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UFC Fighter Amanda Nunes Becomes First Openly LGBTQ Champion

by Brooke Sopelsa /
UFC 200: Tate v Nunes
Amanda Nunes poses for a portrait backstage during the UFC 200 event on July 9, 2016 at T-Mobile Arena in Las Vegas, Nevada.Mike Roach/Zuffa LLC / Zuffa LLC via Getty Images
UFC 200: Tate v Nunes
(L) Amanda Nunes punches Miesha Tate during the UFC 200 event on July 9, 2016 at T-Mobile Arena in Las Vegas, Nevada.Ed Mulholland / Zuffa LLC via Getty Images

Brazilian mixed martial arts fighter Amanda Nunes defeated Miesha Tate Saturday night at UFC 200 to become the the organization's first openly LGBTQ champion - and the new women's bantamweight title holder.

"This is a dream come true for me," Nunes said in a post-fight interview posted by UFC. "I waited 10 years [of] my life [for] this moment, and finally now I'm the champion."

In a press conference following the fight, Nunes was asked whether it makes her proud to be "the first openly gay champion in the history of the UFC." She was unequivocal in her response.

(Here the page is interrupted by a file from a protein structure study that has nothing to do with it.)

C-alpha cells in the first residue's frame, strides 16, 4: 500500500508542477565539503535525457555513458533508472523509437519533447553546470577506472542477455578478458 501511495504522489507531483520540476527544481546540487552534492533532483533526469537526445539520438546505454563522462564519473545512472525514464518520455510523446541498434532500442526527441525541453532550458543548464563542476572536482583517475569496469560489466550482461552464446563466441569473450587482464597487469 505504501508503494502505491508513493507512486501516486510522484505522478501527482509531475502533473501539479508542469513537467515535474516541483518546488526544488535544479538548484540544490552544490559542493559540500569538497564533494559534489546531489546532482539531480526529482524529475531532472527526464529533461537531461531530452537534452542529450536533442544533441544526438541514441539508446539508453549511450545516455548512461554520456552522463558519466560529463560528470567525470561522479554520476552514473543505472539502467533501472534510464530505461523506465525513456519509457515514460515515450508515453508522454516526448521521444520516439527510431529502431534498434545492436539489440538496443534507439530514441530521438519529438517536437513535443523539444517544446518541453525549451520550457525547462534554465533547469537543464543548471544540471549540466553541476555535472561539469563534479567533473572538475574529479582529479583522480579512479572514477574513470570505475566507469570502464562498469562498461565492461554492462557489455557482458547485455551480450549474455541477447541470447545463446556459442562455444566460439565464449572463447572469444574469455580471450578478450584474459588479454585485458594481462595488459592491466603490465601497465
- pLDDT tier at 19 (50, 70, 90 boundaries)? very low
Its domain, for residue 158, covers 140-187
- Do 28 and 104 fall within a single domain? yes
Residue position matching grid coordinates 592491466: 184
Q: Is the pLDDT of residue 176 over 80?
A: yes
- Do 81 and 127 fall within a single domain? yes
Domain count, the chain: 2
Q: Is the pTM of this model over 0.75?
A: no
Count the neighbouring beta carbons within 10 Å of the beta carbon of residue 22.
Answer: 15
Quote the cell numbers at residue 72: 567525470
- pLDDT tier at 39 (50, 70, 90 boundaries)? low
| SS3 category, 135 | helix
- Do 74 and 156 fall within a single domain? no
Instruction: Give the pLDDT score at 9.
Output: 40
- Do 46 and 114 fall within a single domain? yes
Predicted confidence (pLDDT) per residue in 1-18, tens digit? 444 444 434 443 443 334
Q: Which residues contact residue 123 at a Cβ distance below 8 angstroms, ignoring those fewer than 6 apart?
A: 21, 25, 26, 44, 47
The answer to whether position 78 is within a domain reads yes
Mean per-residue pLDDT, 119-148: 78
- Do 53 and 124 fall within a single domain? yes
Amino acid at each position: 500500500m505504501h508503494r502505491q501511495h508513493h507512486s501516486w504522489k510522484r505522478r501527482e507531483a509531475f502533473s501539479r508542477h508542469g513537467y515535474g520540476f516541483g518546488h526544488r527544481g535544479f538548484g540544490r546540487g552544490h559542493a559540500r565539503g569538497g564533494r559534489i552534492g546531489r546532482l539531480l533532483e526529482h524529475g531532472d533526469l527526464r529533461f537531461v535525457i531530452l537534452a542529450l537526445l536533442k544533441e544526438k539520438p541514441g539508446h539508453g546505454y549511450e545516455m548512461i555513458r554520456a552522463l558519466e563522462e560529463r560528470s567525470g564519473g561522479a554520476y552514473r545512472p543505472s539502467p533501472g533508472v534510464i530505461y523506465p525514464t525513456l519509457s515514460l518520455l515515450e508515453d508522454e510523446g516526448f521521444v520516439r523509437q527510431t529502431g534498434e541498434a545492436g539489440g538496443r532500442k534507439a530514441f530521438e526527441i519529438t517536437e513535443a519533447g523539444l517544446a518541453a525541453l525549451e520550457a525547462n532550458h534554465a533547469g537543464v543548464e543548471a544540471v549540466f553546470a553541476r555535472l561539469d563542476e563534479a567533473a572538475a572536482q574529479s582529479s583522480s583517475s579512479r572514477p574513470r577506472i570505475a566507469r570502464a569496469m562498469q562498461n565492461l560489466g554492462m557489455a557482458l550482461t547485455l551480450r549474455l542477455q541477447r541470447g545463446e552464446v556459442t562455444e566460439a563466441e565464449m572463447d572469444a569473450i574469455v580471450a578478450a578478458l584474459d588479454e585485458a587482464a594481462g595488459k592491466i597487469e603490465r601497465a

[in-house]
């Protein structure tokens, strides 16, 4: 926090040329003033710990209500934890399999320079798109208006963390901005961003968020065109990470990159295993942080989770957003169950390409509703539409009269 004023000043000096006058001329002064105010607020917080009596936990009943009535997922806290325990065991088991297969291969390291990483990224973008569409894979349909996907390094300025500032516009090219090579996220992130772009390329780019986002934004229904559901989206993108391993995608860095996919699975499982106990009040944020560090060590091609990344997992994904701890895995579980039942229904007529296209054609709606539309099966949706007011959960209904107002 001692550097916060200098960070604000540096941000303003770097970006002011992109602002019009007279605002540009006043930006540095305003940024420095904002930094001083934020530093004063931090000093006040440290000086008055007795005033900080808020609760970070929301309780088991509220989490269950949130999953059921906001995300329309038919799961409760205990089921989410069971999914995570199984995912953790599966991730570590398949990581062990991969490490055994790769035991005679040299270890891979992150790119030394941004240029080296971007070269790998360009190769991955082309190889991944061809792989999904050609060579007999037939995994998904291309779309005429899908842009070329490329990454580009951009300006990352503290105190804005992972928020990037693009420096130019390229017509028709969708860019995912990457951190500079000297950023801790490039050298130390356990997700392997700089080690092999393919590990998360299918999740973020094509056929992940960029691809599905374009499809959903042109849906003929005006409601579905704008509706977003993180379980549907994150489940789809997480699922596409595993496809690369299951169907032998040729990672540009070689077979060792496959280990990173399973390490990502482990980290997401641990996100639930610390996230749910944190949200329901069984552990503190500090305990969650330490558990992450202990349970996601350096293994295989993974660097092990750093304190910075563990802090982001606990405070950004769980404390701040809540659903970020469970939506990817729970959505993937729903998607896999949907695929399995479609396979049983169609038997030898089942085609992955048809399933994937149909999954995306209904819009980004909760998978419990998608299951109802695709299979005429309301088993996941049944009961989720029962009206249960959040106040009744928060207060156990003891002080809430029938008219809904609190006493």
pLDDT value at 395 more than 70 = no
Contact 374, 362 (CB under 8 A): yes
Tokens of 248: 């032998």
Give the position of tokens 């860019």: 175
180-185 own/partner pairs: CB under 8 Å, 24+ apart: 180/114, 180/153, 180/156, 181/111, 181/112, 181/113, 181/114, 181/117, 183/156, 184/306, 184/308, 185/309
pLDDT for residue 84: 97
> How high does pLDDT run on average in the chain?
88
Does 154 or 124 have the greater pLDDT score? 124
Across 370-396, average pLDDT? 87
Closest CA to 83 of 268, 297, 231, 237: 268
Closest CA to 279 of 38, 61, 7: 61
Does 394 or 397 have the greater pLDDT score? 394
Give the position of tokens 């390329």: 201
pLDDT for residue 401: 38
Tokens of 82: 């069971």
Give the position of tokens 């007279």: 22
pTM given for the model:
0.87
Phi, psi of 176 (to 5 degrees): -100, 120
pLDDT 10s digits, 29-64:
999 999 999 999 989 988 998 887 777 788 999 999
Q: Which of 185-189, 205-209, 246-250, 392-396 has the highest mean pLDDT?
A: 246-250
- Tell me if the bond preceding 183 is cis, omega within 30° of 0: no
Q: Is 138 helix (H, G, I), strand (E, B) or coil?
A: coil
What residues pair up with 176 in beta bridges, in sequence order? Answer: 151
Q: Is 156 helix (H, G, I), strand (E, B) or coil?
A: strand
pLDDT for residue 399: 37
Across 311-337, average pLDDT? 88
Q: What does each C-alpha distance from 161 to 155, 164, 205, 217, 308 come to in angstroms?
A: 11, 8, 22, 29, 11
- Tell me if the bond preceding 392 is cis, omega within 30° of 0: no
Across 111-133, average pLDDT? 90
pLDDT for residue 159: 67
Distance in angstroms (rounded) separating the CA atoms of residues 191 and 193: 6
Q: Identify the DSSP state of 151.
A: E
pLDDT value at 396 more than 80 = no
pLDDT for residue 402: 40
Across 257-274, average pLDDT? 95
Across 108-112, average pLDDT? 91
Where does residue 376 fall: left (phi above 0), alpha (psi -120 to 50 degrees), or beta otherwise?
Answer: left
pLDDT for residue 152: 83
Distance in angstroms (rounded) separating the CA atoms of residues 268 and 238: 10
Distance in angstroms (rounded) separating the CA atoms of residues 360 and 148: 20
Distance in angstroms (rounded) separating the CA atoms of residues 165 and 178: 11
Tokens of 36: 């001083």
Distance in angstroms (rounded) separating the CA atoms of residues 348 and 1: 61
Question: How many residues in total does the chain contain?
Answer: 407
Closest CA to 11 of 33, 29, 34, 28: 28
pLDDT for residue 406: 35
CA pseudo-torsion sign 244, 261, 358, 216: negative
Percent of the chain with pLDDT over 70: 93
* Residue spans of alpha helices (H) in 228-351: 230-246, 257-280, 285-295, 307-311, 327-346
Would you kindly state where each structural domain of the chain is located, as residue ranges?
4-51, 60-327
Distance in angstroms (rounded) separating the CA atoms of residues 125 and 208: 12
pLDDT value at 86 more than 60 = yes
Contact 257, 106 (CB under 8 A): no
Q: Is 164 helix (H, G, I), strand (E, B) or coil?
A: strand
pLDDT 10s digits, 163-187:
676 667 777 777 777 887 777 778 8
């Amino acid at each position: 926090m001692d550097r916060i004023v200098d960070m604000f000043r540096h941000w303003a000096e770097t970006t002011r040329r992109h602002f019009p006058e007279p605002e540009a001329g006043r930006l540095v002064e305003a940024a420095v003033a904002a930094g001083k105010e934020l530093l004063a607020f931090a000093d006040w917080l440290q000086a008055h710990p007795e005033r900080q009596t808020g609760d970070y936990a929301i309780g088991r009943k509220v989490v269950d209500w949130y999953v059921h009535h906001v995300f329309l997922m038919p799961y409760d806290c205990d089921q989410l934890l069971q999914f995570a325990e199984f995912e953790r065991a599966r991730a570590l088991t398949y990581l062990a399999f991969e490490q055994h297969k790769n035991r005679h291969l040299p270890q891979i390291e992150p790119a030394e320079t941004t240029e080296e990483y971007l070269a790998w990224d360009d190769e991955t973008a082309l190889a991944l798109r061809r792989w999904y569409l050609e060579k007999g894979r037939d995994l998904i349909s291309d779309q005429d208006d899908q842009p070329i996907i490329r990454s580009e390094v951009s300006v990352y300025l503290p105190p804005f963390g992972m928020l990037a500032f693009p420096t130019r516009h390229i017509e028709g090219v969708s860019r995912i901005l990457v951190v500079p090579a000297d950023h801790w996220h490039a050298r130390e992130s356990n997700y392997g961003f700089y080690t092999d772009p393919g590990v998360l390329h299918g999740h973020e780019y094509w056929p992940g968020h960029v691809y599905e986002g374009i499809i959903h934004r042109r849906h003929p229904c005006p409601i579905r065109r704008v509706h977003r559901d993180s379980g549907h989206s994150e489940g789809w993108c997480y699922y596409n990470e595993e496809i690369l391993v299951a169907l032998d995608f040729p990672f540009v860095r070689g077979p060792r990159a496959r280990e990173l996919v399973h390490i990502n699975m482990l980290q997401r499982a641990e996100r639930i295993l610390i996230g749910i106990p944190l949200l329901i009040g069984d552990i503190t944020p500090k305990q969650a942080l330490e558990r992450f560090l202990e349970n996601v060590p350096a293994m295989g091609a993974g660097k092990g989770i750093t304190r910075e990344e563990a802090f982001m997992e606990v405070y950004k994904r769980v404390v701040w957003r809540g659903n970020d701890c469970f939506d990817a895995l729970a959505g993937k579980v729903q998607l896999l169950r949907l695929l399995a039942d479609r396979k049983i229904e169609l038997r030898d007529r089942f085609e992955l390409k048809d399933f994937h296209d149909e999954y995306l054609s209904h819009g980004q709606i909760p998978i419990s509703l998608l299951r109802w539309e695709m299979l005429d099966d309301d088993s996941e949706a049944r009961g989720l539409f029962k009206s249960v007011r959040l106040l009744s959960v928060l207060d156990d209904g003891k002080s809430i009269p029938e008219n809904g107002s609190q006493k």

"This is amazing," Nunes answered. "The most important thing is I'm happy with my life."

Nunes also professed her love and admiration for her girlfriend, fellow UFC fighter Nina Ansaroff, during the conference.

"Nina is the best training partner I ever have in my life. She's going to be the next UFC champion ... I love her"

When asked about last month's mass shooting at an Orlando gay bar, the Florida-based Nunes said the situation made her "very sad" and added "I wish these things don't happen anymore ... Peace in the world is very important."

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